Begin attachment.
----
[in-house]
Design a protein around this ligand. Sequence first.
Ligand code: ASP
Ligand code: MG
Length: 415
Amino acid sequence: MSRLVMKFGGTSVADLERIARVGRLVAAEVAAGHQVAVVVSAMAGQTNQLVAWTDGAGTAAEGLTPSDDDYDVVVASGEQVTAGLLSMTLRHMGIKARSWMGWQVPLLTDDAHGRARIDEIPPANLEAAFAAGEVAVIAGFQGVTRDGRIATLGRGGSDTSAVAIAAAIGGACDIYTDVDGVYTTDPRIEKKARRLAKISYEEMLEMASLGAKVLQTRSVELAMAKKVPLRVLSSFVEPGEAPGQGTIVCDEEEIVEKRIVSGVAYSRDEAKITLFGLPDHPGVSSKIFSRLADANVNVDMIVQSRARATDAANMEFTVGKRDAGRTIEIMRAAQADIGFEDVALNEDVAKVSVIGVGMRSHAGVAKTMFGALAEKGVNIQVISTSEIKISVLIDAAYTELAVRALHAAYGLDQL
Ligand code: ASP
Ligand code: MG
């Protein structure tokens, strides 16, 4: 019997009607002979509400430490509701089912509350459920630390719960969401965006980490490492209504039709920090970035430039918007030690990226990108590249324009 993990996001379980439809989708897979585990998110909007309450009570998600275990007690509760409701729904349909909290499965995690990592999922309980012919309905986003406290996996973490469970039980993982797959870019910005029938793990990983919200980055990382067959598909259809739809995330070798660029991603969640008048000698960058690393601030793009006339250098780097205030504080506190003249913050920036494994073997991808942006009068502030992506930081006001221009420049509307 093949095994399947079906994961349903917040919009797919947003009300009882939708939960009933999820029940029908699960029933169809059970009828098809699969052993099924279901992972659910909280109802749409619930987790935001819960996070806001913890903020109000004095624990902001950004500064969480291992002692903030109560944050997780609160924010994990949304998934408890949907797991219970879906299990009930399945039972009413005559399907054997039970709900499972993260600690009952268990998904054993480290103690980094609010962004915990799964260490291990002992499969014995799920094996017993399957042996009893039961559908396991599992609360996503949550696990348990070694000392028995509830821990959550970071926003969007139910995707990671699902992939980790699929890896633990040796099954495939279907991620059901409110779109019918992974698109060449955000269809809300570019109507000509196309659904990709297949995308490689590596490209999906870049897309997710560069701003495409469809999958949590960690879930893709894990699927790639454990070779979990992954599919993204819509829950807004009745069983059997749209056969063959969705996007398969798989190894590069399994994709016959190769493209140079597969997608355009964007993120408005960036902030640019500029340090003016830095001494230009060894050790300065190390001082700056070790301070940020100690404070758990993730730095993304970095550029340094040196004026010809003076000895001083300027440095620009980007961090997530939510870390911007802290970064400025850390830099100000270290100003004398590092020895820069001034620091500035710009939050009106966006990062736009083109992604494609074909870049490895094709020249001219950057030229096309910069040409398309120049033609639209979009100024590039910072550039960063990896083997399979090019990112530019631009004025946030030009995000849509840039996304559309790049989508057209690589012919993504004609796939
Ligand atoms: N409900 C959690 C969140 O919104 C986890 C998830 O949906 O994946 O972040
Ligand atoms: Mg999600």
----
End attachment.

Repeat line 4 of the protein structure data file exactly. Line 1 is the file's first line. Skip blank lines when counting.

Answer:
Ligand code: MG